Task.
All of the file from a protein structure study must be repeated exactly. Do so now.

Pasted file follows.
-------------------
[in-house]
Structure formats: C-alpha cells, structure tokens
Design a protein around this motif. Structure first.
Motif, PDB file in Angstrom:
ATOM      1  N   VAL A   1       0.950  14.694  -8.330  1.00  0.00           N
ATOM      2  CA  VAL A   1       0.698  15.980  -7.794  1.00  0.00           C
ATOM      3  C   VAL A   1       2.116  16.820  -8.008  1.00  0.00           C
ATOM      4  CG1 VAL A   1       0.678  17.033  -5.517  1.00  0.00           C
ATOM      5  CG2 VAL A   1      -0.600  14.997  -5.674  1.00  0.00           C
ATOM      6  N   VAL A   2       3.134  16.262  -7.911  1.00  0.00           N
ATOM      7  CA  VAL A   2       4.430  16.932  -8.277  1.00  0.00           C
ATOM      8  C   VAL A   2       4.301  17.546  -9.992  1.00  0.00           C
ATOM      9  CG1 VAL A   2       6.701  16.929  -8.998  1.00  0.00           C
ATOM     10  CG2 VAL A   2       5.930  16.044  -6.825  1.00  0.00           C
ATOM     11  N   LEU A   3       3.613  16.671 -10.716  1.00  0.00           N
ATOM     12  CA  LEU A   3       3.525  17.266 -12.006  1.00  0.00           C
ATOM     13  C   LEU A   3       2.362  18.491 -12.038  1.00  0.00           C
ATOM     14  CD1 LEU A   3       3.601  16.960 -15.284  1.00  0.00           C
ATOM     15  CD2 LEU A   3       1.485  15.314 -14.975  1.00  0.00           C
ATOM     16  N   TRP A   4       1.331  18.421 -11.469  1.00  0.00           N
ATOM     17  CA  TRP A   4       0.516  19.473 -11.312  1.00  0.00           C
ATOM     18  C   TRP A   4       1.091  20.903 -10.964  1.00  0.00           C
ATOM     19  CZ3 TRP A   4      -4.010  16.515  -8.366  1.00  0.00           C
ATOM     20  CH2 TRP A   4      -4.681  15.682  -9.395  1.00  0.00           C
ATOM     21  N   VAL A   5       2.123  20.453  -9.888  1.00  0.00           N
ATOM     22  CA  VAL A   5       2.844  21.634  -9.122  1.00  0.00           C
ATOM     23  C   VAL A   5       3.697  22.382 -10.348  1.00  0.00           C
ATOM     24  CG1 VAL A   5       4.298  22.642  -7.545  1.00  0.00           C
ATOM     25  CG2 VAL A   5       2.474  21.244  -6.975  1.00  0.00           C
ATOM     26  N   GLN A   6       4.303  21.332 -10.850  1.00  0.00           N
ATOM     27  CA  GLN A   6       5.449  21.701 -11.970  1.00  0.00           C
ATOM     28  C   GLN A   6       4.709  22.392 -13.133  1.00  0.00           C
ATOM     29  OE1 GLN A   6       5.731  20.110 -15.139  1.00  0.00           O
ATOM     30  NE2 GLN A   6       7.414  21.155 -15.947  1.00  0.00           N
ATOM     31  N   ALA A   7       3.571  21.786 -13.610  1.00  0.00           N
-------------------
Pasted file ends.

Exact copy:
[in-house]
Structure formats: C-alpha cells, structure tokens
Design a protein around this motif. Structure first.
Motif, PDB file in Angstrom:
ATOM      1  N   VAL A   1       0.950  14.694  -8.330  1.00  0.00           N
ATOM      2  CA  VAL A   1       0.698  15.980  -7.794  1.00  0.00           C
ATOM      3  C   VAL A   1       2.116  16.820  -8.008  1.00  0.00           C
ATOM      4  CG1 VAL A   1       0.678  17.033  -5.517  1.00  0.00           C
ATOM      5  CG2 VAL A   1      -0.600  14.997  -5.674  1.00  0.00           C
ATOM      6  N   VAL A   2       3.134  16.262  -7.911  1.00  0.00           N
ATOM      7  CA  VAL A   2       4.430  16.932  -8.277  1.00  0.00           C
ATOM      8  C   VAL A   2       4.301  17.546  -9.992  1.00  0.00           C
ATOM      9  CG1 VAL A   2       6.701  16.929  -8.998  1.00  0.00           C
ATOM     10  CG2 VAL A   2       5.930  16.044  -6.825  1.00  0.00           C
ATOM     11  N   LEU A   3       3.613  16.671 -10.716  1.00  0.00           N
ATOM     12  CA  LEU A   3       3.525  17.266 -12.006  1.00  0.00           C
ATOM     13  C   LEU A   3       2.362  18.491 -12.038  1.00  0.00           C
ATOM     14  CD1 LEU A   3       3.601  16.960 -15.284  1.00  0.00           C
ATOM     15  CD2 LEU A   3       1.485  15.314 -14.975  1.00  0.00           C
ATOM     16  N   TRP A   4       1.331  18.421 -11.469  1.00  0.00           N
ATOM     17  CA  TRP A   4       0.516  19.473 -11.312  1.00  0.00           C
ATOM     18  C   TRP A   4       1.091  20.903 -10.964  1.00  0.00           C
ATOM     19  CZ3 TRP A   4      -4.010  16.515  -8.366  1.00  0.00           C
ATOM     20  CH2 TRP A   4      -4.681  15.682  -9.395  1.00  0.00           C
ATOM     21  N   VAL A   5       2.123  20.453  -9.888  1.00  0.00           N
ATOM     22  CA  VAL A   5       2.844  21.634  -9.122  1.00  0.00           C
ATOM     23  C   VAL A   5       3.697  22.382 -10.348  1.00  0.00           C
ATOM     24  CG1 VAL A   5       4.298  22.642  -7.545  1.00  0.00           C
ATOM     25  CG2 VAL A   5       2.474  21.244  -6.975  1.00  0.00           C
ATOM     26  N   GLN A   6       4.303  21.332 -10.850  1.00  0.00           N
ATOM     27  CA  GLN A   6       5.449  21.701 -11.970  1.00  0.00           C
ATOM     28  C   GLN A   6       4.709  22.392 -13.133  1.00  0.00           C
ATOM     29  OE1 GLN A   6       5.731  20.110 -15.139  1.00  0.00           O
ATOM     30  NE2 GLN A   6       7.414  21.155 -15.947  1.00  0.00           N
ATOM     31  N   ALA A   7       3.571  21.786 -13.610  1.00  0.00           N